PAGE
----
Marketmind: April boomlet mocks recession script

Marketmind: April boomlet mocks recession script

FILE PHOTO: Traders work on the floor of the New York Stock Exchange (NYSE) in New York City, U.S., March 27, 2023. REUTERS/Brendan McDermid


A look at the day ahead in U.S. and global markets from Mike Dolan

The signal is still lost in an awful lot of noise.

Just when it looked like signs of a recessionary downturn were finally emerging in U.S. economic and earnings updates, European business seems to have picked up considerable steam this month and once again questions the global picture.

The euro zone economic recovery has unexpectedly gathered pace this month as the bloc’s dominant services industry saw already buoyant demand rise further to 11-month highs, more than offsetting a deepening downturn in manufacturing.

While there had been some suggestion that ripples from China’s post-COVID reopening boom would benefit European factories, that’s not where the steam is rising and the surveys show demand in the largely domestic-facing sectors.

Whether that picture of buoyant services is mirrored stateside later on Friday remains to be seen, but it contrasts with Thursday’s U.S. soundings on unemployment claims and business readings from the Philadelphia Federal Reserve.

And it also comes after the mood on Wall St darkened somewhat on Thursday over incoming first-quarter earnings and the looming government debt ceiling standoff.

Results from Tesla (NASDAQ:TSLA) saw it shares tumble almost 10% after the electric vehicle giant posted its lowest quarterly gross margin in two years amid serial price cuts. Along with outsize earnings-day stock losses for AT&T (NYSE:T) and Lam Research (NASDAQ:LRCX), U.S. equity benchmarks beat a retreat.

But in a tumultuous week for owner Elon Musk, whose SpaceX venture saw its next-generation Starship explode minutes after lift-off on Thursday, Tesla shares rebounded a touch into the weekend after the firm said it moved to lift U.S. prices for its Model S and X premium vehicles.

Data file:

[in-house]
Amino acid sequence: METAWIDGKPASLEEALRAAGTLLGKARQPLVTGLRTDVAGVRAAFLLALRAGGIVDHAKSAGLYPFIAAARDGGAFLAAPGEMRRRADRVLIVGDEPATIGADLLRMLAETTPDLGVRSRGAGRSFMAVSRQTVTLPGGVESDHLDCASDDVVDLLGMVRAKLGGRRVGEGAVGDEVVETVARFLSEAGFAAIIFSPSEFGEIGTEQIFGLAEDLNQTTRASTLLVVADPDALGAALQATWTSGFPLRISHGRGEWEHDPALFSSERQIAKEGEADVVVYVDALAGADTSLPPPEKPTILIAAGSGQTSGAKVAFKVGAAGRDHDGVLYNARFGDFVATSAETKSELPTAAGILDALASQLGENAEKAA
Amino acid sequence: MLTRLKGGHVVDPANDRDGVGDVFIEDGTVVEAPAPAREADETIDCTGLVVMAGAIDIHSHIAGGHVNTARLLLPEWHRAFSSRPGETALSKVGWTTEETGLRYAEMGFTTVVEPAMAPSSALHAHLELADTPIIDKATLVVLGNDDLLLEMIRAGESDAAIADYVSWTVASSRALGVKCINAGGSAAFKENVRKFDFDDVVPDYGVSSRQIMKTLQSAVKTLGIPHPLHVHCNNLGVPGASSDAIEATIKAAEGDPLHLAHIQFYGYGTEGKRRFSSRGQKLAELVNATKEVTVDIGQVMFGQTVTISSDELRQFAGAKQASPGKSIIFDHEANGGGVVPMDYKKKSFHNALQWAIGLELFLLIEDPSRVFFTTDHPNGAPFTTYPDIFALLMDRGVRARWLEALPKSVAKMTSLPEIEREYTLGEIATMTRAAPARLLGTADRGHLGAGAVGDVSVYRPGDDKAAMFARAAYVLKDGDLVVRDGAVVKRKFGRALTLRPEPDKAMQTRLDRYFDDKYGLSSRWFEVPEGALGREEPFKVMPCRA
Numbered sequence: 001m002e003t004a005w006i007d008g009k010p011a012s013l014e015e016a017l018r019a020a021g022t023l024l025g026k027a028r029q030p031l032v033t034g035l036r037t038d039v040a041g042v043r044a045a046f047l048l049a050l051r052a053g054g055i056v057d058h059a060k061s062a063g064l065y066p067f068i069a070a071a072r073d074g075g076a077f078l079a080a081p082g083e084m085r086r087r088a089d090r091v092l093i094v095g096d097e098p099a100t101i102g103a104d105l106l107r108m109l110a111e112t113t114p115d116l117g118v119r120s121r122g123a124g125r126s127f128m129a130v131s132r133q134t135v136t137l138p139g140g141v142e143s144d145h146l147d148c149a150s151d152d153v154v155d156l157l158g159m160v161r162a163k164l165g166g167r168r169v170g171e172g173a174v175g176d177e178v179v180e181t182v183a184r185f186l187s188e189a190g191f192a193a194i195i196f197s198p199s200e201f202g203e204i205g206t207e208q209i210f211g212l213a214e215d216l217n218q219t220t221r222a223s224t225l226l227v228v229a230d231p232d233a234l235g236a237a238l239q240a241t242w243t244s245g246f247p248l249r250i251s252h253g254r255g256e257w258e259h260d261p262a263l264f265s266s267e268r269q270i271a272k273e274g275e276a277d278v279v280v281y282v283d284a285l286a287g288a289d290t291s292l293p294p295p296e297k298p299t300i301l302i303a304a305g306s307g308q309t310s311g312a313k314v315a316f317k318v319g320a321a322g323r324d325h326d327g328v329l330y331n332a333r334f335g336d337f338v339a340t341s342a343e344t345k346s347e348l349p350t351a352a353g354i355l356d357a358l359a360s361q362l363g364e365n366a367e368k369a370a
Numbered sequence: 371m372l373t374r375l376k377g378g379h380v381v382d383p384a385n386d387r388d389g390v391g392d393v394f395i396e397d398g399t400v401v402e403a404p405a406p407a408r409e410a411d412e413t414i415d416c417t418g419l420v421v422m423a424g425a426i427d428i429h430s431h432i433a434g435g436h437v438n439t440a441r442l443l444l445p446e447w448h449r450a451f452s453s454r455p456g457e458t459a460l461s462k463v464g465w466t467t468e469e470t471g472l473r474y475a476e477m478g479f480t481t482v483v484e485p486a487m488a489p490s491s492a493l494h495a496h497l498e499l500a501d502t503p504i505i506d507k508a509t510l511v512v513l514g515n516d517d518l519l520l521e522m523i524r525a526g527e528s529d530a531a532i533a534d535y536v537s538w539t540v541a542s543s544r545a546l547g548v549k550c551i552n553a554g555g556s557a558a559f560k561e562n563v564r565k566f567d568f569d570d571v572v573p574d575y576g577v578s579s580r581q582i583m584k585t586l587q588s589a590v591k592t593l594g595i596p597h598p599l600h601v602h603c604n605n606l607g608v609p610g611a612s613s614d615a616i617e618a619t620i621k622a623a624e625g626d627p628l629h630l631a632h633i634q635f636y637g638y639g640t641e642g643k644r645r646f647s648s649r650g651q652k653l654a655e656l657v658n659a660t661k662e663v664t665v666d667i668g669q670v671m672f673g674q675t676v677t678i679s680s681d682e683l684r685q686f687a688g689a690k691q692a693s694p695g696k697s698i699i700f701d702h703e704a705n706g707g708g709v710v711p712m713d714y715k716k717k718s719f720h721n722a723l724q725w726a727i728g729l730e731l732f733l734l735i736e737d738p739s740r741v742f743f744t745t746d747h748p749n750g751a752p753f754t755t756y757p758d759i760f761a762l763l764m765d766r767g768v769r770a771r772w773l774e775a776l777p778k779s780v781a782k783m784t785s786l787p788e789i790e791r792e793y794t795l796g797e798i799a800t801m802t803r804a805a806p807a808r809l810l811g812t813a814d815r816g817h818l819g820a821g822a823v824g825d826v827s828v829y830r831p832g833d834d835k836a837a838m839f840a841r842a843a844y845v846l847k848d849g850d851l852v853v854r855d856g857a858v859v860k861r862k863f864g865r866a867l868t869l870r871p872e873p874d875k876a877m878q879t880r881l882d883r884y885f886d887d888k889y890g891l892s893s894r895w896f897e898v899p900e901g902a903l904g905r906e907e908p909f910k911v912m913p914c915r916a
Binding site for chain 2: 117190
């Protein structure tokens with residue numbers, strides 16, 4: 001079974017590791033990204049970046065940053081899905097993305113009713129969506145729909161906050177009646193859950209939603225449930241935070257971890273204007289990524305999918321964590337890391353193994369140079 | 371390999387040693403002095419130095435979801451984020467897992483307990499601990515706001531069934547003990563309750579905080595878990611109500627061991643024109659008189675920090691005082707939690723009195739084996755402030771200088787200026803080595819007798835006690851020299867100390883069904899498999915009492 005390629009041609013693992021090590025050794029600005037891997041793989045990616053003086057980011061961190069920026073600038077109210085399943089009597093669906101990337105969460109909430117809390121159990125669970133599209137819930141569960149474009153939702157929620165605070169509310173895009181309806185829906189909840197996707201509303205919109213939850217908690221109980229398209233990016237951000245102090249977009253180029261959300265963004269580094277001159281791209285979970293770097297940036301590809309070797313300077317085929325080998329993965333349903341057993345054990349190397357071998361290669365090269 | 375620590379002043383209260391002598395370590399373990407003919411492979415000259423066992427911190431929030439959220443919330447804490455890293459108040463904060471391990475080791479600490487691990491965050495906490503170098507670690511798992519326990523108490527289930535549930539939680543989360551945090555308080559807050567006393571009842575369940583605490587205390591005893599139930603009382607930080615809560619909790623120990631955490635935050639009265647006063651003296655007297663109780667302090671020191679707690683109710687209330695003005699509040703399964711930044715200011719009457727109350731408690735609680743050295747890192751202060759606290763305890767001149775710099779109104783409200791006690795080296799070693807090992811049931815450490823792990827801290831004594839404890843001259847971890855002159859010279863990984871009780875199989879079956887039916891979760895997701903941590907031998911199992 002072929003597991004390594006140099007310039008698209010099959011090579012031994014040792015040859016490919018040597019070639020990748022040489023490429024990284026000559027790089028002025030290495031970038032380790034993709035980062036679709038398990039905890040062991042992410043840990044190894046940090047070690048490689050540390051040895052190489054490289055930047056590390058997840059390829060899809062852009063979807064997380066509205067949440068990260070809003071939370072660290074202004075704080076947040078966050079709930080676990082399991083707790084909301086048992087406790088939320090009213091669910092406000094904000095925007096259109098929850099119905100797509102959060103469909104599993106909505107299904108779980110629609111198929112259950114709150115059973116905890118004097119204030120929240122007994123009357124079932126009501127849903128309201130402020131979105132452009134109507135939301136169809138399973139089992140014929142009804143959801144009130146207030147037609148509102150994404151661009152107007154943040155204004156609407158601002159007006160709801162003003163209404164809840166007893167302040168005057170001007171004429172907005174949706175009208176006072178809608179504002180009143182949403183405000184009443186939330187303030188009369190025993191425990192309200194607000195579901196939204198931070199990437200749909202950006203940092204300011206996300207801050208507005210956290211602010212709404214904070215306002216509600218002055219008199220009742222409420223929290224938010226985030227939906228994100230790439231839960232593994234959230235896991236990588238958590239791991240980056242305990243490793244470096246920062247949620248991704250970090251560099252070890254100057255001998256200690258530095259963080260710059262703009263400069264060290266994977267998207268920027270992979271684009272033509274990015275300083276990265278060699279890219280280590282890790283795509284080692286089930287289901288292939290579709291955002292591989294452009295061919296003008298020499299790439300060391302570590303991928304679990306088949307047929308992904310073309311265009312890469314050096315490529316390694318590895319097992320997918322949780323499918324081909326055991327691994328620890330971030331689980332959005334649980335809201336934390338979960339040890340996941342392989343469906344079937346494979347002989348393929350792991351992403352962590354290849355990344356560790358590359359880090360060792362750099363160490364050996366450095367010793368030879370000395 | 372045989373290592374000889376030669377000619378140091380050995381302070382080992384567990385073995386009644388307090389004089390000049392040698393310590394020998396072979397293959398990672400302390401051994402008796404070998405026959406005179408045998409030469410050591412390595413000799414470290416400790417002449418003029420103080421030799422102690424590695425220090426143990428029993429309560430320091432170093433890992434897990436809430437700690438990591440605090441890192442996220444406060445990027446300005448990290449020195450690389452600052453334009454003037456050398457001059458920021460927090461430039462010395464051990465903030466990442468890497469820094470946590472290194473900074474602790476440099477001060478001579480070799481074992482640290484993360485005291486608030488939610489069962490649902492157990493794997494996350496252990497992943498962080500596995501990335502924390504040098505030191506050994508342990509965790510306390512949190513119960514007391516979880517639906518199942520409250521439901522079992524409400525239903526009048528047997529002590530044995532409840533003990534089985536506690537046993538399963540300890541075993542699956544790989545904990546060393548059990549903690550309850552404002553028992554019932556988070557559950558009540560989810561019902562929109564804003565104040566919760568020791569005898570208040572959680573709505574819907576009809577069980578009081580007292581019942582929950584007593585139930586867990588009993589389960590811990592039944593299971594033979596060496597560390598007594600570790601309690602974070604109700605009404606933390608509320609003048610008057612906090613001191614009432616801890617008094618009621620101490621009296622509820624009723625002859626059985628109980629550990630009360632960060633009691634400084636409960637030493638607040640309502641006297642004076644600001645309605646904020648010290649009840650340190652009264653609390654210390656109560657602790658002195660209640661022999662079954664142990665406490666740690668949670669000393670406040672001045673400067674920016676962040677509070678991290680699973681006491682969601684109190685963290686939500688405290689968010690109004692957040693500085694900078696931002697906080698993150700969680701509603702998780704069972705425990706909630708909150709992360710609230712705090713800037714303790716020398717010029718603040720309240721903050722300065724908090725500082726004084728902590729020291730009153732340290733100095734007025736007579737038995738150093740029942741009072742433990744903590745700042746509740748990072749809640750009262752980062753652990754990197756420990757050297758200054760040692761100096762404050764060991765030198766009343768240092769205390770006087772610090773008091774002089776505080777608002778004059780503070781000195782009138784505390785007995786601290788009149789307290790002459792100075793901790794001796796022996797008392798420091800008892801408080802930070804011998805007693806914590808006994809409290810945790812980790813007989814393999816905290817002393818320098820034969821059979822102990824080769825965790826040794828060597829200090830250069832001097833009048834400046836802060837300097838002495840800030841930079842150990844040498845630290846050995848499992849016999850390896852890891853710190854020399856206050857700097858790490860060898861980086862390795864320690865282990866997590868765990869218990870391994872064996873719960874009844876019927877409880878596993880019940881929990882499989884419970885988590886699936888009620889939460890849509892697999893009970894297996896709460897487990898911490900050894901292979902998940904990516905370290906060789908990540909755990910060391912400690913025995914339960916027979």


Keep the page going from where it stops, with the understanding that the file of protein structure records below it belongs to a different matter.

With next week’s Big Tech earnings reports hoving into view, the overall U.S. corporate healthcheck remains pretty mixed.

The overall estimated annual profit drop for S&P500 companies is now expected at 4.7% for the first quarter – a slight improvement on aggregate estimates at the start of the month, even if more than 5 points down on where it was in January. Estimates for the remaining quarters of 2023 have been pared back a bit.

Perhaps unsurprisingly, the overall global stock market direction remains equivocal. Although Asia bourses had initially followed Wall St’s Thursday swoon, European indexes and S&P500 futures were little changed on Friday.

Even with debt ceiling jitters building in the background, making for an anxious summer period, U.S. Treasury yields slipped lower on Friday after Philadelphia Fed chief Patrick Harker said overnight that the central bank was “pretty close to where we need to be”. Crude oil prices continued their retreat to hit the lowest since March 12.

The dollar was generally firmer.

In politics, President Joe Biden may announce his re-election campaign by video as soon as Tuesday – setting the stage for a possible rematch with his Republican predecessor Donald Trump.

And all NATO allies have agreed that Ukraine will eventually become a member of the alliance, NATO Secretary-General Jens Stoltenberg said on Friday.

In banking, Credit Suisse investors who held a total of more than 4.5 billion Swiss francs ($5 billion) of the bank’s Additional Tier 1 (AT1) bonds have sued the Swiss banking regulator, challenging the legality of writing them down.

Events to watch out for on Friday:

* Flash S&P Global (NYSE:SPGI) business surveys for April from the U.S. and around the world

* U.S. corporate earnings: Procter & Gamble (NYSE:PG), HCA Healthcare (NYSE:HCA), Schlumberger (NYSE:SLB), Regions Financial (NYSE:RF) etc

* U.S. Federal Reserve Board governor Lisa Cook speaks. European Central Bank Vice President Luis de Guindos and ECB Executive Board member Frank Elderson speak

One-year U.S. CDS rise, signaling default risk,

US tech stocks brace for Q1s,

Leading economic index,

Global fund flows still show cash is king,

Within bonds, junk wins out this week,

(By Mike Dolan; editing by Christina Fincher; [email protected]. Twitter: @reutersMikeD)


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